I am now transitioning into being married again with a new surname (Barclay-Morton). John is transitioning from Canada to NYC and as of June 2014 has a green card. So transition continues, but now from sad to happy, from loss to love...from a sense of alienation to a sense of being at home in the world.

As of September 2013 I started teaching writing (composition and rhetoric) as an adjunct professor at Fordham University, which I have discovered I love with an almost irrational passion. So blessed for the opportunity and hope to find a more permanent job doing same.

I worked full time on the book thanks to a successful crowd-funding campaign in May 2014 and completed it at two residencies at Vermont Studio Center and Wisdom House in summer 2015. I have done some revisions and am shopping it around to agents and publishers now, along with having written a rough draft of a new book and some other projects.

Not sure when transition ends, if it ever does. As the saying goes, the only difference between a sad ending and a happy ending is where you stop rolling the film.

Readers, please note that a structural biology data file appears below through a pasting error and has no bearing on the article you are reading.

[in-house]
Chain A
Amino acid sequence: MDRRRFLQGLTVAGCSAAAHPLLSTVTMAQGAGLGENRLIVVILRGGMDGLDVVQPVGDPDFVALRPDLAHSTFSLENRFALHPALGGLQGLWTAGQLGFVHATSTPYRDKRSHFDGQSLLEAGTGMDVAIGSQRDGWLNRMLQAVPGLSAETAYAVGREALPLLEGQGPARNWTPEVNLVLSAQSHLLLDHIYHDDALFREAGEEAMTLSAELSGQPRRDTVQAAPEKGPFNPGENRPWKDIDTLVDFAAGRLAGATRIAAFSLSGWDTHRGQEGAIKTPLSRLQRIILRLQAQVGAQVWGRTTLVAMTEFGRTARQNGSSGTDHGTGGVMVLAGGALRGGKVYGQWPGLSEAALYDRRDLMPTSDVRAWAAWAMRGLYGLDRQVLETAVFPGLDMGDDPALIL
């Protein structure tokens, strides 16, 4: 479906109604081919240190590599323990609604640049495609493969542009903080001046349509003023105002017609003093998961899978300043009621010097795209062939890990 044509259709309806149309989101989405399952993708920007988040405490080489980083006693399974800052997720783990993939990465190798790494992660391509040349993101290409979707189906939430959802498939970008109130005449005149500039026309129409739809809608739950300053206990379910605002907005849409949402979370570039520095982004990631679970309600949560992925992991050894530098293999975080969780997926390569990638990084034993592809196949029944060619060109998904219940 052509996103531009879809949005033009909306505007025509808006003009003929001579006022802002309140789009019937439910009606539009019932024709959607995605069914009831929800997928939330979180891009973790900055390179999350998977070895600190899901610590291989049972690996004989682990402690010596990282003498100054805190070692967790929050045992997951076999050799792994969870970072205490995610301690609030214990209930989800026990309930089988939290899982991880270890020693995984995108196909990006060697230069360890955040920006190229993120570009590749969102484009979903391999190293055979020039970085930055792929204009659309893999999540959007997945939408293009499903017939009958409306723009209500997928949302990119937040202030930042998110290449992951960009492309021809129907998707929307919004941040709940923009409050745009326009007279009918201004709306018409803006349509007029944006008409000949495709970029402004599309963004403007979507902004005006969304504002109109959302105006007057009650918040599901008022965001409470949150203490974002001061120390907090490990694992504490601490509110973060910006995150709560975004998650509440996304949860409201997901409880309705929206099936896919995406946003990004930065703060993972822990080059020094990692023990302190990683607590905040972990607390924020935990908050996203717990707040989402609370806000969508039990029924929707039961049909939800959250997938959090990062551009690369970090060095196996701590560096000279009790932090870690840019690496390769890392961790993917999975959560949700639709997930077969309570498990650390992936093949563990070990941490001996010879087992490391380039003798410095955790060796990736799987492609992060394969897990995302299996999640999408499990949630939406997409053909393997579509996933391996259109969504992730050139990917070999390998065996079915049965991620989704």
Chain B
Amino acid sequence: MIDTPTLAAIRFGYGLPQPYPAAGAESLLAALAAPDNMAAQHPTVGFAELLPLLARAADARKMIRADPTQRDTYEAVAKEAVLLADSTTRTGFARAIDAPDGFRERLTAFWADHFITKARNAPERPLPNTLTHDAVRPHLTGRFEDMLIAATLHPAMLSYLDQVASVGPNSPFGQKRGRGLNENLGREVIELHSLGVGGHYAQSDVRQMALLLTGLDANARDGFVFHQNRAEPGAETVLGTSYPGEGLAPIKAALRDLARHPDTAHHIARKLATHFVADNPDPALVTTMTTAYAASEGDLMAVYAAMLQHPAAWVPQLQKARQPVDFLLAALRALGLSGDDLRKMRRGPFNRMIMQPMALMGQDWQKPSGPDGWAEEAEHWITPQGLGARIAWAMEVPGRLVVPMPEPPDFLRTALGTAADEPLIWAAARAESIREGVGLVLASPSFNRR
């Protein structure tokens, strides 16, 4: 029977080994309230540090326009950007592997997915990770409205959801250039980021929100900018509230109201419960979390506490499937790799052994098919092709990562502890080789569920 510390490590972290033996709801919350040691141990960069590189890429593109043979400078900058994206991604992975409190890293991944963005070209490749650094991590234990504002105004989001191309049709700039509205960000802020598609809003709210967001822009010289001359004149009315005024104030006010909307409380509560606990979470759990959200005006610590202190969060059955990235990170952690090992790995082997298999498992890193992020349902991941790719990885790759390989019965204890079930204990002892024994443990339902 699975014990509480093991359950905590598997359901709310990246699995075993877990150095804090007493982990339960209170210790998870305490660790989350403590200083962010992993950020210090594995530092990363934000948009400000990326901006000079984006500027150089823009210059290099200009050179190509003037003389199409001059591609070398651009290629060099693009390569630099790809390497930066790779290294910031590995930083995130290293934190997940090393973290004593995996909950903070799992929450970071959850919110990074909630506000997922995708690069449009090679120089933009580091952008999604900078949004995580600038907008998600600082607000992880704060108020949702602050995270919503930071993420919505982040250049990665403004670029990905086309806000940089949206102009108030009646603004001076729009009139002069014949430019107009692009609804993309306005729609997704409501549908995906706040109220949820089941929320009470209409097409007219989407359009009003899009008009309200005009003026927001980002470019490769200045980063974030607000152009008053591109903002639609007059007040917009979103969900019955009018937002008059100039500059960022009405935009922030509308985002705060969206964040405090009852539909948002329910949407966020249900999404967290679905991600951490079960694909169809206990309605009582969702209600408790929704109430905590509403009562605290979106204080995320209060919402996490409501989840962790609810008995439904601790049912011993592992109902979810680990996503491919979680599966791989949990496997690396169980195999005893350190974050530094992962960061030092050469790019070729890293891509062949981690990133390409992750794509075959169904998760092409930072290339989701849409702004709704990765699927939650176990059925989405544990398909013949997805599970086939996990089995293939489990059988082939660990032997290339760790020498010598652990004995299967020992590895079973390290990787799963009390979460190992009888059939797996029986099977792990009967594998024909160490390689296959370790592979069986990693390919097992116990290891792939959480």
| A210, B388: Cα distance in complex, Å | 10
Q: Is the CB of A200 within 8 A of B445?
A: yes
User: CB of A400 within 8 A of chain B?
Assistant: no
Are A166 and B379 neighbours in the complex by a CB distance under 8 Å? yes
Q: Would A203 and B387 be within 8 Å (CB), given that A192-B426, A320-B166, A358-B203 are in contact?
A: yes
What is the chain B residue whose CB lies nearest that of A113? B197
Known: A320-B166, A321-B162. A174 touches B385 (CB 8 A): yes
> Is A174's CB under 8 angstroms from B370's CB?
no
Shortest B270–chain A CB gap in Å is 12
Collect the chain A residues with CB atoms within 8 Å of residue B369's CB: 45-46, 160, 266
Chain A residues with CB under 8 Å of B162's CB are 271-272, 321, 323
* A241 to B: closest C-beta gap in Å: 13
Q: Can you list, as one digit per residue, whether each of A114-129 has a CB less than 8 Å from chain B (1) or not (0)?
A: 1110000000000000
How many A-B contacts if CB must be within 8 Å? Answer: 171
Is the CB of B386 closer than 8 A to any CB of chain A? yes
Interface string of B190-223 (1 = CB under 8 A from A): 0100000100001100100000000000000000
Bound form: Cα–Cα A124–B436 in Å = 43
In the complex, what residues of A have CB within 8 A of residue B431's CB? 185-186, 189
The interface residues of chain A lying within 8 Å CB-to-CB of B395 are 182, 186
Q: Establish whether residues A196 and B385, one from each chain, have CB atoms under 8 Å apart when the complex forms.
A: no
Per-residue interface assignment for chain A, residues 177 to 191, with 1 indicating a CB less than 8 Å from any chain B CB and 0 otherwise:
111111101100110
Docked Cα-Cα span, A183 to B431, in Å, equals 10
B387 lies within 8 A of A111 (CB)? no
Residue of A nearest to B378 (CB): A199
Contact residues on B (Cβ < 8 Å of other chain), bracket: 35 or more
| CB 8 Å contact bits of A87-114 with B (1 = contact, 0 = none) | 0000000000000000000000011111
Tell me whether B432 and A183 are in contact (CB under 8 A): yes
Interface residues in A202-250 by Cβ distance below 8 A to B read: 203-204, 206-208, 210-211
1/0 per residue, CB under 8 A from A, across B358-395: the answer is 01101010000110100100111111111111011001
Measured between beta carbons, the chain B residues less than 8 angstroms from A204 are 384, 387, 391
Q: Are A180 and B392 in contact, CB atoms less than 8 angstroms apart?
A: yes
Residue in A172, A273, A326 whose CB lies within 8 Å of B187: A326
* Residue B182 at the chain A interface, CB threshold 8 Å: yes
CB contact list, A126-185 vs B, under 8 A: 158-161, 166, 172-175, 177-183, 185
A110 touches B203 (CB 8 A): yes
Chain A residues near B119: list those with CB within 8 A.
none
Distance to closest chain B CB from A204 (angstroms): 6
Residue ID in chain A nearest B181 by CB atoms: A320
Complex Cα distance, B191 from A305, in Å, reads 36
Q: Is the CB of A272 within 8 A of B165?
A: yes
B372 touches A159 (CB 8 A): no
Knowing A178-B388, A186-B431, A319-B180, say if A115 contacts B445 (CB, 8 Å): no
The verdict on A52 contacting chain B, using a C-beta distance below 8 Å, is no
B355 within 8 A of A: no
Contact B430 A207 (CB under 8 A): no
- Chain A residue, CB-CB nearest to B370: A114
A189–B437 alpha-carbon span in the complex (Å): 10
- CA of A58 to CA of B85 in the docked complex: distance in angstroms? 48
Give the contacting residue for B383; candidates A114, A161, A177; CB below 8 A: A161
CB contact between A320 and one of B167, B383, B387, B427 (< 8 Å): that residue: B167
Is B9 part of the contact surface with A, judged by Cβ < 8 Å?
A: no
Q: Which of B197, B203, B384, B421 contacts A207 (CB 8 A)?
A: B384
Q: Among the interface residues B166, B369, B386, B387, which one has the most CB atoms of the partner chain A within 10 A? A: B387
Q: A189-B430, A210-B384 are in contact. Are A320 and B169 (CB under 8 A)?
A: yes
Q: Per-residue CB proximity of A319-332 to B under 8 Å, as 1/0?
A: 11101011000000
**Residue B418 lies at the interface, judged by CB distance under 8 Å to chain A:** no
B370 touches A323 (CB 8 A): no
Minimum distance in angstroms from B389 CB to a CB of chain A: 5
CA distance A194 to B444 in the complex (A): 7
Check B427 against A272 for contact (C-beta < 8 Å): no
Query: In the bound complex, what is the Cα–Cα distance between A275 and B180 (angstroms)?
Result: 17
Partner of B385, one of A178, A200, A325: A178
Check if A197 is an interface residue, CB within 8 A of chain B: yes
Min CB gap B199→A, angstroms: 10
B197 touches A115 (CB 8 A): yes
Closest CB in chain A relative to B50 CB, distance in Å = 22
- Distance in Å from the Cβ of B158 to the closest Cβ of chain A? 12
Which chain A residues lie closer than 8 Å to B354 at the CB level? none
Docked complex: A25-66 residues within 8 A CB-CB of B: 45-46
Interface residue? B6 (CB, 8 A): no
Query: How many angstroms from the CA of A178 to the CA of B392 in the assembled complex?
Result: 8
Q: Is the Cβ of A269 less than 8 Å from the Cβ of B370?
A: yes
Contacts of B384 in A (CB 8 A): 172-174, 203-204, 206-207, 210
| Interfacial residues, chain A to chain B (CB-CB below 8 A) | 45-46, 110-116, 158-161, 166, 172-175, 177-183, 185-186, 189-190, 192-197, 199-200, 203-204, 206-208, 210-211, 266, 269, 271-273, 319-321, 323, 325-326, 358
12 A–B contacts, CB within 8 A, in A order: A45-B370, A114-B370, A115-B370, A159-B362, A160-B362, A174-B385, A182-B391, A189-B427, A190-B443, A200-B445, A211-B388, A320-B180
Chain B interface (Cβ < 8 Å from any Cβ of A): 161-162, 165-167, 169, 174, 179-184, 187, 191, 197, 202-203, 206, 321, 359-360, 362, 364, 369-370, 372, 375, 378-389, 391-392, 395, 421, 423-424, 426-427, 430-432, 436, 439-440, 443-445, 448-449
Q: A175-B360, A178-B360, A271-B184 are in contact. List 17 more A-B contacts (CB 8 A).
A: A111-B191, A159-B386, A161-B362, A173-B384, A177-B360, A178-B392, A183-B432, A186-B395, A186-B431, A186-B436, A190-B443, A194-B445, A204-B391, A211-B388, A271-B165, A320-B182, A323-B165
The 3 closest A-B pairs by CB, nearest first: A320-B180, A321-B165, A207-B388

For professional information, publications, etc., go to my linked in profile and website for Barclay Morton Editorial & Design. My Twitter account is @wilhelminapitfa. You can find me on Facebook under my full name Julia Lee Barclay-Morton. More about my grandmothers' book: The Amazing True Imaginary Autobiography of Dick & Jani

Recently, I started a website Our Grandmothers, Our Selves, which has stories about many people's grandmothers. Please check it out. I will be blogging there, too, now.


Saturday, July 9, 2011

Art and Profit

Because my emotional state probably does not need elucidation (my husband is packing up his stuff in our house and leaving on Monday - just guess how I feel - not hard, right?), and I was about to write a post basically saying that, I ended up reading a comment on my Linkedin Independent Theater Artists and Producers group (as you do...), and had to respond to a series of comments in response to a question about UK funding cuts and arts cuts generally...The comments were trending in the direction of we should get corporations to fund the arts because it's in their best interest plus arts bring profit to community and aspects of creativity can benefit corporations, etc....You can see for yourself by clicking: this discussion page